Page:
Dr. Kennedy Lishimpi, Acting Executive Director of the Cancer Diseases Hospital (CDH) in Lusaka, Zambia, says that cancer is a major public health problem across the region. For example, Zambia now has one of the world's highest rates of cervical cancer, at 53.7 per 100,000 women. Since the CDH opened in 2006, it has treated more than 3,500 patients with a total staff of just 32.

"These are the only staff with oncology training in Zambia today, so clearly we need to train more people," says Lishimpi. "The creation of centres of excellence in Africa, backed by a virtual university, is a great concept because it will provide good resources for already practicing oncologists and other cancer professionals. It will also help to train the core staff that are urgently required in oncology units in Africa."

Halting the Brain Drain

Long term, it is hoped that the VUCCnet will help ensure the spread of sustainable, comprehensive cancer care and control across the region. It also aims to staunch the flow of trained health care professionals away from Africa to better jobs and opportunities in the world's richer countries. It's been estimated that every year thousands of newly qualified doctors and trained nurses go abroad in search of better salaries and conditions. Others do not return to their home countries following training overseas. This 'brain drain' of medical professionals not only has a negative impact on the quality and availability of health care in African countries but also represents a huge loss of government financial investment in education and training.

While the return of trained medical personnel will be difficult to accomplish, it is hoped that by expanding radiotherapy facilities, improving working conditions and salaries, and offering better career and training opportunities to cancer care professionals in Africa, they will be encouraged to stay on. And that is at the heart of the VUCCnet initiative.

Addressing a Vital Global Health Need

Acknowledging the mission and vision of IAEA/PACT in the global fight against cancer, Ambassador Glyn T. Davies, Permanent Representative of the USA to the IAEA, said his country was proud to continue its support of these 'noble efforts' by donating $750,000 to the VUCCnet project. "PACT is more than just a programme addressing a vital, critical, global health need," he said in a speech given on the occasion of World Cancer Day 2009. "It is also a model of how the IAEA is promoting the peaceful use of nuclear technology in a results-based way, focusing on cost-effectiveness and on building sustainable partnerships between recipient countries and donors."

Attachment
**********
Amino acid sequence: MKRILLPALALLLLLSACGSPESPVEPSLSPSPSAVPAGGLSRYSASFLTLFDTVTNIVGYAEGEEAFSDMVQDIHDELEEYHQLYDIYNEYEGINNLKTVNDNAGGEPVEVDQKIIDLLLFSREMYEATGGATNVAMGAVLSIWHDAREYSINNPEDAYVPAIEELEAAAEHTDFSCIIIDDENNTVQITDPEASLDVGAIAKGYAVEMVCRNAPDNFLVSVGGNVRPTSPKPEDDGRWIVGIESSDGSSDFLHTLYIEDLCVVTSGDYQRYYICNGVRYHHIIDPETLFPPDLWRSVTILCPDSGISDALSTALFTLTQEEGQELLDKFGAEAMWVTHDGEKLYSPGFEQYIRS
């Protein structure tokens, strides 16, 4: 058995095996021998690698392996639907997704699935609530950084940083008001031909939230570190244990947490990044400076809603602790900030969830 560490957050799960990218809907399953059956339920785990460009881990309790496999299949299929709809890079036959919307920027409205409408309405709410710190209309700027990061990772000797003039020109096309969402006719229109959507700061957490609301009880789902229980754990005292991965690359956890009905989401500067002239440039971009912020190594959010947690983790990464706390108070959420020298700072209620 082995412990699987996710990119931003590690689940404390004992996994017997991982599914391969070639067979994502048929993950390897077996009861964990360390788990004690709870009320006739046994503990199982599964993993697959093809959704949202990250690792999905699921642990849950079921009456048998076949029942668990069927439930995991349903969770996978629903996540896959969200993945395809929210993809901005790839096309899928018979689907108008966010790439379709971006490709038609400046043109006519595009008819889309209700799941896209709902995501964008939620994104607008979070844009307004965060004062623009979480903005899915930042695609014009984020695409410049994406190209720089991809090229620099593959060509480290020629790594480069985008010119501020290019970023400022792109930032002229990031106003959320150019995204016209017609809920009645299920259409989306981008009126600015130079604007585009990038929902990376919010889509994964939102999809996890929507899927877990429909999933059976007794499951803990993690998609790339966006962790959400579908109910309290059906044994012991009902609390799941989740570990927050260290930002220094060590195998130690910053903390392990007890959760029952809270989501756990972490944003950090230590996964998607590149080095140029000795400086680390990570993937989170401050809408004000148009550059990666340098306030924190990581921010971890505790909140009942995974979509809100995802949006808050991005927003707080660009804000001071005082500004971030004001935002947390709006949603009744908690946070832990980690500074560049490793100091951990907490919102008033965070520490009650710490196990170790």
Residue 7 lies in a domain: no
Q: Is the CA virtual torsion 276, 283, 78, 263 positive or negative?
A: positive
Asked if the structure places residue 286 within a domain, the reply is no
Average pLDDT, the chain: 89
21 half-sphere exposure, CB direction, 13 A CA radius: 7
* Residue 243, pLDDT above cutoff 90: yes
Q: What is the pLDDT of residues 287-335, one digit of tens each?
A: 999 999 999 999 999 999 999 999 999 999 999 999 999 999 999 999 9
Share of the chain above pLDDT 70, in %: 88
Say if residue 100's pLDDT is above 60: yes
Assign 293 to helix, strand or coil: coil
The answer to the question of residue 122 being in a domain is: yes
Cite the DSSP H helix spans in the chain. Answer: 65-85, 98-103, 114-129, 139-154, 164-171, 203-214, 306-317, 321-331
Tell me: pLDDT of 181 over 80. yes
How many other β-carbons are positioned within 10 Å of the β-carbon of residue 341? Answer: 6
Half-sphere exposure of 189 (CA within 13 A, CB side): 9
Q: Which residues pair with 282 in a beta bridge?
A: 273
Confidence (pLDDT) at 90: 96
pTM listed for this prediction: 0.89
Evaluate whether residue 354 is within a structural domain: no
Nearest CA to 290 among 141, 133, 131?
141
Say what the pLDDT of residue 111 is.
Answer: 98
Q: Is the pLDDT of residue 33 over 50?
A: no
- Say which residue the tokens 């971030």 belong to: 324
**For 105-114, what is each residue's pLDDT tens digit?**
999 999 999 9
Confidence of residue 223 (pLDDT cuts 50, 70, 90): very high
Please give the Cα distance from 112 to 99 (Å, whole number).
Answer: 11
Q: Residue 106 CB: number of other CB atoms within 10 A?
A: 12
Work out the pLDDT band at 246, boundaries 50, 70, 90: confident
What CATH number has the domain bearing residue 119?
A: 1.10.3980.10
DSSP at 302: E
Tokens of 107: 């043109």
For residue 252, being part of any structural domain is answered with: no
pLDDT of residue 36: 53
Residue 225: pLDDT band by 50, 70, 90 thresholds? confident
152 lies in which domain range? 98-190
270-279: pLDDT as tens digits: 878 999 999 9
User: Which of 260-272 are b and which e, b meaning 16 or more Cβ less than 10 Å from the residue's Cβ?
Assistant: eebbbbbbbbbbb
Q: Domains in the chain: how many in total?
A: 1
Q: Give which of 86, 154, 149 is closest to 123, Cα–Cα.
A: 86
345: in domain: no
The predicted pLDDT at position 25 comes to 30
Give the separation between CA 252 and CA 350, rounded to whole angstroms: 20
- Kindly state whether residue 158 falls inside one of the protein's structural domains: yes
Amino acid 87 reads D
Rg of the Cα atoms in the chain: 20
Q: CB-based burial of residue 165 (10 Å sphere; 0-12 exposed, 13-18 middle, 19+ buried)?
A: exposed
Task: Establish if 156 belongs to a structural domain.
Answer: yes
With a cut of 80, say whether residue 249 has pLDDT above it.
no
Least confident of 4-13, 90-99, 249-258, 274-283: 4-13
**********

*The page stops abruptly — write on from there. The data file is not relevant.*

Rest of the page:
VUCCnet is a timely new initiative that draws on the IAEA's parallel efforts in cancer education and training. Through its Technical Cooperation programme for Africa, the Agency already supports individual fellowships and scientific exchanges in cancer management. At the same time, VUCCnet will rely on the technical expertise and competence of the Division of Human Health for training content and curricula. The IAEA's experience in Distance Assisted Training (DAT), a fellowship programme providing support for doctors from countries without formal university programmes in nuclear medicine, will be invaluable. VUCCnet will also benefit from other relevant IAEA experience, such as the Applied Sciences of Oncology Distance Learning Course.

Angela Leuker is a consultant at the IAEA's Programme of Action for Cancer Therapy (PACT). E-mail: ALeuker@yahoo.co.uk